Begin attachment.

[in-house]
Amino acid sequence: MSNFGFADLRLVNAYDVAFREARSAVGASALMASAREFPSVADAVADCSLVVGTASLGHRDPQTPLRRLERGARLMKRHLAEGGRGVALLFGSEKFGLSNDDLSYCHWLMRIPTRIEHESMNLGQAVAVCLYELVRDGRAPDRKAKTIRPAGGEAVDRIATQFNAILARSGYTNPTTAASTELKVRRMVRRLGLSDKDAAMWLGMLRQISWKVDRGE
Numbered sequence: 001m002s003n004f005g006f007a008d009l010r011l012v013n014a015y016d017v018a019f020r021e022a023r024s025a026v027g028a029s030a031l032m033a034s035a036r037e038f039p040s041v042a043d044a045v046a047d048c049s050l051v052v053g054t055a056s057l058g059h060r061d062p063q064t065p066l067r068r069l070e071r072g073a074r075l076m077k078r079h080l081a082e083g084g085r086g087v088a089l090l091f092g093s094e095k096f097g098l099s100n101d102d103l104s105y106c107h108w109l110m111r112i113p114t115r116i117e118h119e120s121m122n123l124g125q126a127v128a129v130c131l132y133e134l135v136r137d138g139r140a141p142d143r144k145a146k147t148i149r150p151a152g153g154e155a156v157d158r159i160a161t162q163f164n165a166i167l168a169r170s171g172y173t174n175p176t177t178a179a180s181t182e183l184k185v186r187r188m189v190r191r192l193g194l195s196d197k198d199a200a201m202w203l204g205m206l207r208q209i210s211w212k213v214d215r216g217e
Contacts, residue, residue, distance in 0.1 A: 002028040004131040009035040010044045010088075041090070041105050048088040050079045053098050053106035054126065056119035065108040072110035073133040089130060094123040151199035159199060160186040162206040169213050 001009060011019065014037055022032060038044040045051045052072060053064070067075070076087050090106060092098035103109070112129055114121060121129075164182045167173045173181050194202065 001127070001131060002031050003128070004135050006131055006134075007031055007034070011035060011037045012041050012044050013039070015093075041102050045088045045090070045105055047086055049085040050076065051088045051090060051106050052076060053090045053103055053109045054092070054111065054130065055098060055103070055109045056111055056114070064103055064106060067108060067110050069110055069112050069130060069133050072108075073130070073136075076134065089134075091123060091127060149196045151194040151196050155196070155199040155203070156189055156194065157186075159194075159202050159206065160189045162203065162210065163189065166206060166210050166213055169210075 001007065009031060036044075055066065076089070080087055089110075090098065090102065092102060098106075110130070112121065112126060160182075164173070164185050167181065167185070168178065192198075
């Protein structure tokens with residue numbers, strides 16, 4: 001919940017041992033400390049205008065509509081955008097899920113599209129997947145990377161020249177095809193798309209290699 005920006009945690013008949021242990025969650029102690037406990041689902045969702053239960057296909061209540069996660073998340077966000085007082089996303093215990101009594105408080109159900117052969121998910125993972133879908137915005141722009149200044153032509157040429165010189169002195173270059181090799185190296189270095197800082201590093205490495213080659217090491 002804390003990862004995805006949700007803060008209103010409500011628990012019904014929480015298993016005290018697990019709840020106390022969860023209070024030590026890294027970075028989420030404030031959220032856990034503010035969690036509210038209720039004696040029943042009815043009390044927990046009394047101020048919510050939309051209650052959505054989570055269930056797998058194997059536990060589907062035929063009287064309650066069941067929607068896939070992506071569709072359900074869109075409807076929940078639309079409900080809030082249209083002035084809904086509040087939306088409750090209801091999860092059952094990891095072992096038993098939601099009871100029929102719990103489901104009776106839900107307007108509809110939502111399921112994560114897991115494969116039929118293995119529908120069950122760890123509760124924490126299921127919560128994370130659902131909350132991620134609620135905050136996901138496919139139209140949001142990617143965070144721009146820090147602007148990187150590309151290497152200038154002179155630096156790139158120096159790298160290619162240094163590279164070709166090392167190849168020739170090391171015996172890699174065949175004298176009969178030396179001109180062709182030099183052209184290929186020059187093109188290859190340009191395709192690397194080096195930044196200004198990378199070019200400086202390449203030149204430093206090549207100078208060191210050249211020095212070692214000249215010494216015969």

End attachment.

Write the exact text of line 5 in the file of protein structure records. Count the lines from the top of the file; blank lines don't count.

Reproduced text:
């Protein structure tokens with residue numbers, strides 16, 4: 001919940017041992033400390049205008065509509081955008097899920113599209129997947145990377161020249177095809193798309209290699 005920006009945690013008949021242990025969650029102690037406990041689902045969702053239960057296909061209540069996660073998340077966000085007082089996303093215990101009594105408080109159900117052969121998910125993972133879908137915005141722009149200044153032509157040429165010189169002195173270059181090799185190296189270095197800082201590093205490495213080659217090491 002804390003990862004995805006949700007803060008209103010409500011628990012019904014929480015298993016005290018697990019709840020106390022969860023209070024030590026890294027970075028989420030404030031959220032856990034503010035969690036509210038209720039004696040029943042009815043009390044927990046009394047101020048919510050939309051209650052959505054989570055269930056797998058194997059536990060589907062035929063009287064309650066069941067929607068896939070992506071569709072359900074869109075409807076929940078639309079409900080809030082249209083002035084809904086509040087939306088409750090209801091999860092059952094990891095072992096038993098939601099009871100029929102719990103489901104009776106839900107307007108509809110939502111399921112994560114897991115494969116039929118293995119529908120069950122760890123509760124924490126299921127919560128994370130659902131909350132991620134609620135905050136996901138496919139139209140949001142990617143965070144721009146820090147602007148990187150590309151290497152200038154002179155630096156790139158120096159790298160290619162240094163590279164070709166090392167190849168020739170090391171015996172890699174065949175004298176009969178030396179001109180062709182030099183052209184290929186020059187093109188290859190340009191395709192690397194080096195930044196200004198990378199070019200400086202390449203030149204430093206090549207100078208060191210050249211020095212070692214000249215010494216015969």